Meg’s Story on ‘Tough Empathy’
There is a body of thought promoting the notion of ‘carefrontation’. It has been described as the art of delivering constructive, compassionate feedback to people as a way to explore alternatives to ineffective behaviour. In my research on leading to inspire others, one inspiring leader used the term ‘tough empathy’ to describe the notion more eloquently. Why? From a leaders perspective, providing feedback regarding ineffective behaviours is often difficult or ‘tough’.
Here is a wonderful story from Meg, a CEO in the fitness education sector. She shared this story as we discussed the notion of ‘tough empathy’ and moving people out of their comfort zone:
It was nearing the end of the course when Meg approached Joy, a participant, because she was sitting by herself and had dejected body language. Meg asked, “why the glum face?” Joy replied, “I have nearly finished the course and I feel like nothing might change.” They chatted again about why she started this journey and what she hoped to achieve. The Joy’s aspirations had scaled back and she said, “I have 2 children to look after, I am going through a divorce, and my life is crap.” Meg could have said, “you poor thing, you feel like your life is crap” and then try to console her. She chose not too! Meg opted to be a critical friend and apply tough empathy in an attempt to move Joy out of her comfort zone. Meg said, “stop feeling sorry for yourself. If you feel sorry for yourself, your children will only see a woman who feels sorry for herself. It’s not what you do for your kids, it’s what you become for them!” Joy was clearly taken aback and had a stunned look on her face … she pondered … after a few minutes of silence she said, “Well, best I do something with my life.”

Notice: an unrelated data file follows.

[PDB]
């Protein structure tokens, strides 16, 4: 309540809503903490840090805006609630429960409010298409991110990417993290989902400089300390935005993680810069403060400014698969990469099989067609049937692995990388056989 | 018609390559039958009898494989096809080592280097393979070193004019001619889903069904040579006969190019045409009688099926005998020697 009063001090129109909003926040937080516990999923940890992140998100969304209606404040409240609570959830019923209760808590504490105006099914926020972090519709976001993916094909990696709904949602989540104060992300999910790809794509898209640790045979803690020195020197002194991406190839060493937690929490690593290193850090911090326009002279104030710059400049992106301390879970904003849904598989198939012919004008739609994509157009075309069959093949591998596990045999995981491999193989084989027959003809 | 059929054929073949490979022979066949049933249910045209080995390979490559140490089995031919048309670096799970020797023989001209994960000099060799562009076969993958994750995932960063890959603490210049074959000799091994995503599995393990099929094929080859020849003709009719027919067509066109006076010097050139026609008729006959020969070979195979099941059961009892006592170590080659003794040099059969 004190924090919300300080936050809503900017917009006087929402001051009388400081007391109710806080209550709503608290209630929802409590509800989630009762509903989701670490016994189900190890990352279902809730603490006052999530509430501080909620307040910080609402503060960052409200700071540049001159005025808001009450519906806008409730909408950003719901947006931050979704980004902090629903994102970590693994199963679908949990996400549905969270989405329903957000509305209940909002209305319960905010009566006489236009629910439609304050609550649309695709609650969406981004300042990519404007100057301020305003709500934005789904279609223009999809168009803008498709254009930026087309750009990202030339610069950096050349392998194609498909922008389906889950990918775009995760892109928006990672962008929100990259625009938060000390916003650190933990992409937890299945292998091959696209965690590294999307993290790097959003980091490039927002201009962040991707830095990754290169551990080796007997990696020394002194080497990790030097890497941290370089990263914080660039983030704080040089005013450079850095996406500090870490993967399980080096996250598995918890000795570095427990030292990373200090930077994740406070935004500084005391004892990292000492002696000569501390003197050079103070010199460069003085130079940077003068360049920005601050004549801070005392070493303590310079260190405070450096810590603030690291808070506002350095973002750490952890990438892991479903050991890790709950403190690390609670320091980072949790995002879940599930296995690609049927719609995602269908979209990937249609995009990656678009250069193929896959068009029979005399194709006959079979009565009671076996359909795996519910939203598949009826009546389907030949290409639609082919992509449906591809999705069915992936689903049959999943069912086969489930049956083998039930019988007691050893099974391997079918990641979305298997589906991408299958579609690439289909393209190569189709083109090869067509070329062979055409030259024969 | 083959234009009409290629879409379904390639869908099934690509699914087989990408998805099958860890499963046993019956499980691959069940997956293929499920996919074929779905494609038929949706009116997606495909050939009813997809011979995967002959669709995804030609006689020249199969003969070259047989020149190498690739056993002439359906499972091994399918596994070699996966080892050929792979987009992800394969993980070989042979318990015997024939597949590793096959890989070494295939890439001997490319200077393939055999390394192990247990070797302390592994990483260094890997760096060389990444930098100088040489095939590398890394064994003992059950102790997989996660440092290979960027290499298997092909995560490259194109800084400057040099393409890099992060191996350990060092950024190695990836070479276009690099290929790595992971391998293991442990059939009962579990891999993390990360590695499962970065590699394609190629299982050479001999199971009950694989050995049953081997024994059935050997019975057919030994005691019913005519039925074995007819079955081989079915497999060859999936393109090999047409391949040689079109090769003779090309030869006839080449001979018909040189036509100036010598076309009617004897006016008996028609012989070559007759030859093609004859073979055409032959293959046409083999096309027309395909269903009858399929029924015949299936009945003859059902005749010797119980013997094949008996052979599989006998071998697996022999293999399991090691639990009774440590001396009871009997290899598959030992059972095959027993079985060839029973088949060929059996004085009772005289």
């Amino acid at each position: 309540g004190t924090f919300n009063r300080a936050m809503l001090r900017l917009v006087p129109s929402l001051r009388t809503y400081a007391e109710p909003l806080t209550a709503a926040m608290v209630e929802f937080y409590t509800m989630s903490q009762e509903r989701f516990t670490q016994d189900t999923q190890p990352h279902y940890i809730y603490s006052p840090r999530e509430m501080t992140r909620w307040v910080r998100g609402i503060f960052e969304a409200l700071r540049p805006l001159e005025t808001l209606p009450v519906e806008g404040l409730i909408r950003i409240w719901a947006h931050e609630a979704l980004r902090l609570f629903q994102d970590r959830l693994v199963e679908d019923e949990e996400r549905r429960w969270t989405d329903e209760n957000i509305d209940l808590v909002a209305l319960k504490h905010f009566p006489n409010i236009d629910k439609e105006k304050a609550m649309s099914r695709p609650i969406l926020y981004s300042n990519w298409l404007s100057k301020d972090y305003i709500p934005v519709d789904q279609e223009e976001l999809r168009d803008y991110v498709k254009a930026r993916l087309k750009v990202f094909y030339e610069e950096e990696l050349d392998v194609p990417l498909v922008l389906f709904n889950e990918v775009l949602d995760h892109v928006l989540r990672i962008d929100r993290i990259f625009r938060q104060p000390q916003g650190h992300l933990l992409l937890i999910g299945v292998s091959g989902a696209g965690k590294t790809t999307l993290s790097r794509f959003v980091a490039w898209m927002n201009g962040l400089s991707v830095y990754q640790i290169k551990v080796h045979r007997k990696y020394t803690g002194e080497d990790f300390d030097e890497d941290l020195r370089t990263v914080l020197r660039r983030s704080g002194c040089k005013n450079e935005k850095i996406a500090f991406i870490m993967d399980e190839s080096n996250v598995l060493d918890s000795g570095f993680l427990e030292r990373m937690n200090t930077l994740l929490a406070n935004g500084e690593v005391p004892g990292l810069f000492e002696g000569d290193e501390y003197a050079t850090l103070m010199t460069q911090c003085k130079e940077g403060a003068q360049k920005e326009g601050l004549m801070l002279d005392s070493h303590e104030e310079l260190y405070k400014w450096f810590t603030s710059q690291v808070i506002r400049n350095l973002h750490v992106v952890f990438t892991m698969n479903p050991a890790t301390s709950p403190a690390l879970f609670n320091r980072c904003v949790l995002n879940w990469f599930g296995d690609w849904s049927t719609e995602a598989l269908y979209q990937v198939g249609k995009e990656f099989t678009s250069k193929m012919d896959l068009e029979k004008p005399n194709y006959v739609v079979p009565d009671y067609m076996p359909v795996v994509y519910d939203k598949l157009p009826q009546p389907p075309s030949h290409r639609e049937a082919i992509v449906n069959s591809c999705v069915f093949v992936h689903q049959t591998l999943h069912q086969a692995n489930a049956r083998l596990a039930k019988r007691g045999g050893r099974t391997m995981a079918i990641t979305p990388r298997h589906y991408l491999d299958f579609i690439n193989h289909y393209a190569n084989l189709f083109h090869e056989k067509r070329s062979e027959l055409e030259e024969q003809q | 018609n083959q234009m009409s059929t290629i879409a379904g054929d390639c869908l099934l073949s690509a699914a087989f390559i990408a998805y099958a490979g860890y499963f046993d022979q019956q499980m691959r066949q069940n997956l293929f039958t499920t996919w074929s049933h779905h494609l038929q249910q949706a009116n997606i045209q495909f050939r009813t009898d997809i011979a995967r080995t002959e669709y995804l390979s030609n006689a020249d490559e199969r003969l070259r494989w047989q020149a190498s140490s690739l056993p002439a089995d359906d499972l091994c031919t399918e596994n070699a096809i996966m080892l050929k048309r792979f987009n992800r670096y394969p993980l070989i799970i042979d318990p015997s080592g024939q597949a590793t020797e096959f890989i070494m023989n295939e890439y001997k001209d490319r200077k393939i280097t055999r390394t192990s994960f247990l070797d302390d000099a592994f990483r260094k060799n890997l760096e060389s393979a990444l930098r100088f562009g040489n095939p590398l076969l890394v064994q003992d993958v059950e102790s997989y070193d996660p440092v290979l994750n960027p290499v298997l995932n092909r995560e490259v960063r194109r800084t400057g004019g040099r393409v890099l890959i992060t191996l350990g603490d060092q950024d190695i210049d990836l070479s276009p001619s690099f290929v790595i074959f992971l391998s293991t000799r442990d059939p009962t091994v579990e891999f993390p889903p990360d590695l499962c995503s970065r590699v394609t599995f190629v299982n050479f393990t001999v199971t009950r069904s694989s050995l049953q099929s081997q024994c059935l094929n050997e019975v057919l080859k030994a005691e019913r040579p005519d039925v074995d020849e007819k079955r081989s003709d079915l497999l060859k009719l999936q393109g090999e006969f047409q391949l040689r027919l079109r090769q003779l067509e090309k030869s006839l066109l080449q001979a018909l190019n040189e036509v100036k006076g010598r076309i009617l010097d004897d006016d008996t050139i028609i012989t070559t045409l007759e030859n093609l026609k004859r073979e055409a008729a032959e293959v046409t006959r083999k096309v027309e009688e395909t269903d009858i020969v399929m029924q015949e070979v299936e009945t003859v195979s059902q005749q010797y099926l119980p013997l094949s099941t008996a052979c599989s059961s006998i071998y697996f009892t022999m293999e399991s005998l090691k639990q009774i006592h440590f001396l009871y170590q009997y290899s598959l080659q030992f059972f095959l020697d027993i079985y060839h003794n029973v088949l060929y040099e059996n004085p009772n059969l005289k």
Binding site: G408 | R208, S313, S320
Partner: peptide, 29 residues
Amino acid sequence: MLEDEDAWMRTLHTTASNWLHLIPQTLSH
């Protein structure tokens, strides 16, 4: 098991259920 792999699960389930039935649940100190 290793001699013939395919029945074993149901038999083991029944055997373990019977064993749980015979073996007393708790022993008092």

A few weeks later Joy contacted Meg and said, “that moment we chatted at the course inspired me to act and move out of my comfort zone. I went home with my Certificate, took the hay out of the shed, and built a personal training studio. I’ve now got 35 clients and am a financially independent woman.” Meg chose to be critical friend and push the participant to explore an unsafe alternative. From her experience, Meg felt it was easier for people to identify safe actions and ultimately to let their momentum peter out. Eventually nothing changes. Meg summarised, “staying in our comfort zone makes it harder shift and easier to say, ‘no big deal’, if nothing happens. Often making people feel uncomfortable results in a shift.”
That story is a real example of inspiring others to take action through tough empathy! If Meg had chosen not to put in the effort and take a tough option that moment may have led to nothing. If we always choose “safe” leadership options, instead of working hard to establish connections with others, we may miss opportunities to inspire others and make a real difference in people’s lives.